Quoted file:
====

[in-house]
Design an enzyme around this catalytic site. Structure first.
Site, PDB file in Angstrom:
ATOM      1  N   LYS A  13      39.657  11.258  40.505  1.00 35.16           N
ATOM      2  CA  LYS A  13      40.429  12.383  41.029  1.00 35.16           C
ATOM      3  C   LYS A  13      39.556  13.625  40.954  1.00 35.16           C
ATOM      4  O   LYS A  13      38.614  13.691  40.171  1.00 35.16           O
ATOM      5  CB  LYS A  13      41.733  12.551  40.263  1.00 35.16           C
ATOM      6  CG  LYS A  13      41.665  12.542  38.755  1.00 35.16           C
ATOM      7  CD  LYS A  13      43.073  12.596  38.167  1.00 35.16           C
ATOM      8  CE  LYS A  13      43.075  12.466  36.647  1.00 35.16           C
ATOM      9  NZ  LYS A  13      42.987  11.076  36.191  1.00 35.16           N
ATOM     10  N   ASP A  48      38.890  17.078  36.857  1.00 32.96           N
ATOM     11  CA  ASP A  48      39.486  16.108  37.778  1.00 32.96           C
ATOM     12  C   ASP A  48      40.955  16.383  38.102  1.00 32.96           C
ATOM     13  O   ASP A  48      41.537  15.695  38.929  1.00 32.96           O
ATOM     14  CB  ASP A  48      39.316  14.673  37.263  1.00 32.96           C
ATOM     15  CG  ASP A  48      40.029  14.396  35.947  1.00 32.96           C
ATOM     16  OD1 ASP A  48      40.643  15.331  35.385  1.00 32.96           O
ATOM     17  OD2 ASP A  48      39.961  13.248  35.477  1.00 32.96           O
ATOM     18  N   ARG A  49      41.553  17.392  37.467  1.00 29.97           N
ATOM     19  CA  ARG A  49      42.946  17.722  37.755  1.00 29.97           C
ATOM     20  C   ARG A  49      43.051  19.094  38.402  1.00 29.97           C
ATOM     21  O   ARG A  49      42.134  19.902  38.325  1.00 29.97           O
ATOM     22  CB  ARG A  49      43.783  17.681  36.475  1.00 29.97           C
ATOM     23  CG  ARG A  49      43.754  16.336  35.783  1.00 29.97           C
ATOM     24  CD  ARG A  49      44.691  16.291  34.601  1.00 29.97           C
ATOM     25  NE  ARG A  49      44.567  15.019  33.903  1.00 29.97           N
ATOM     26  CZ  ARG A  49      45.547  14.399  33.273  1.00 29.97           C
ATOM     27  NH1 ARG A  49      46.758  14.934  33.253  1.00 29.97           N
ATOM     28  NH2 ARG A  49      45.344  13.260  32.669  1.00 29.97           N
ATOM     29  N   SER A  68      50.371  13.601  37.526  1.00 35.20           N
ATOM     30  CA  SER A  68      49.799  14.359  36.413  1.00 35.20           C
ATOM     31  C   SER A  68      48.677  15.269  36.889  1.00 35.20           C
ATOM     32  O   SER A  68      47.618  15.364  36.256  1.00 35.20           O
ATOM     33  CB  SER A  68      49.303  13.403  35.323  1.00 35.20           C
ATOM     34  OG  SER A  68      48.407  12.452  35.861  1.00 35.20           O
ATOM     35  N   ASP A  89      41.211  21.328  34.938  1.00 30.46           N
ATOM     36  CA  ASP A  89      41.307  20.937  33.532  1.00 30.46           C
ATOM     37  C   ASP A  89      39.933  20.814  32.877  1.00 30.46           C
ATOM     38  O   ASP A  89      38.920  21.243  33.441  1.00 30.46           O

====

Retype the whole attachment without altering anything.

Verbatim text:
[in-house]
Design an enzyme around this catalytic site. Structure first.
Site, PDB file in Angstrom:
ATOM      1  N   LYS A  13      39.657  11.258  40.505  1.00 35.16           N
ATOM      2  CA  LYS A  13      40.429  12.383  41.029  1.00 35.16           C
ATOM      3  C   LYS A  13      39.556  13.625  40.954  1.00 35.16           C
ATOM      4  O   LYS A  13      38.614  13.691  40.171  1.00 35.16           O
ATOM      5  CB  LYS A  13      41.733  12.551  40.263  1.00 35.16           C
ATOM      6  CG  LYS A  13      41.665  12.542  38.755  1.00 35.16           C
ATOM      7  CD  LYS A  13      43.073  12.596  38.167  1.00 35.16           C
ATOM      8  CE  LYS A  13      43.075  12.466  36.647  1.00 35.16           C
ATOM      9  NZ  LYS A  13      42.987  11.076  36.191  1.00 35.16           N
ATOM     10  N   ASP A  48      38.890  17.078  36.857  1.00 32.96           N
ATOM     11  CA  ASP A  48      39.486  16.108  37.778  1.00 32.96           C
ATOM     12  C   ASP A  48      40.955  16.383  38.102  1.00 32.96           C
ATOM     13  O   ASP A  48      41.537  15.695  38.929  1.00 32.96           O
ATOM     14  CB  ASP A  48      39.316  14.673  37.263  1.00 32.96           C
ATOM     15  CG  ASP A  48      40.029  14.396  35.947  1.00 32.96           C
ATOM     16  OD1 ASP A  48      40.643  15.331  35.385  1.00 32.96           O
ATOM     17  OD2 ASP A  48      39.961  13.248  35.477  1.00 32.96           O
ATOM     18  N   ARG A  49      41.553  17.392  37.467  1.00 29.97           N
ATOM     19  CA  ARG A  49      42.946  17.722  37.755  1.00 29.97           C
ATOM     20  C   ARG A  49      43.051  19.094  38.402  1.00 29.97           C
ATOM     21  O   ARG A  49      42.134  19.902  38.325  1.00 29.97           O
ATOM     22  CB  ARG A  49      43.783  17.681  36.475  1.00 29.97           C
ATOM     23  CG  ARG A  49      43.754  16.336  35.783  1.00 29.97           C
ATOM     24  CD  ARG A  49      44.691  16.291  34.601  1.00 29.97           C
ATOM     25  NE  ARG A  49      44.567  15.019  33.903  1.00 29.97           N
ATOM     26  CZ  ARG A  49      45.547  14.399  33.273  1.00 29.97           C
ATOM     27  NH1 ARG A  49      46.758  14.934  33.253  1.00 29.97           N
ATOM     28  NH2 ARG A  49      45.344  13.260  32.669  1.00 29.97           N
ATOM     29  N   SER A  68      50.371  13.601  37.526  1.00 35.20           N
ATOM     30  CA  SER A  68      49.799  14.359  36.413  1.00 35.20           C
ATOM     31  C   SER A  68      48.677  15.269  36.889  1.00 35.20           C
ATOM     32  O   SER A  68      47.618  15.364  36.256  1.00 35.20           O
ATOM     33  CB  SER A  68      49.303  13.403  35.323  1.00 35.20           C
ATOM     34  OG  SER A  68      48.407  12.452  35.861  1.00 35.20           O
ATOM     35  N   ASP A  89      41.211  21.328  34.938  1.00 30.46           N
ATOM     36  CA  ASP A  89      41.307  20.937  33.532  1.00 30.46           C
ATOM     37  C   ASP A  89      39.933  20.814  32.877  1.00 30.46           C
ATOM     38  O   ASP A  89      38.920  21.243  33.441  1.00 30.46           O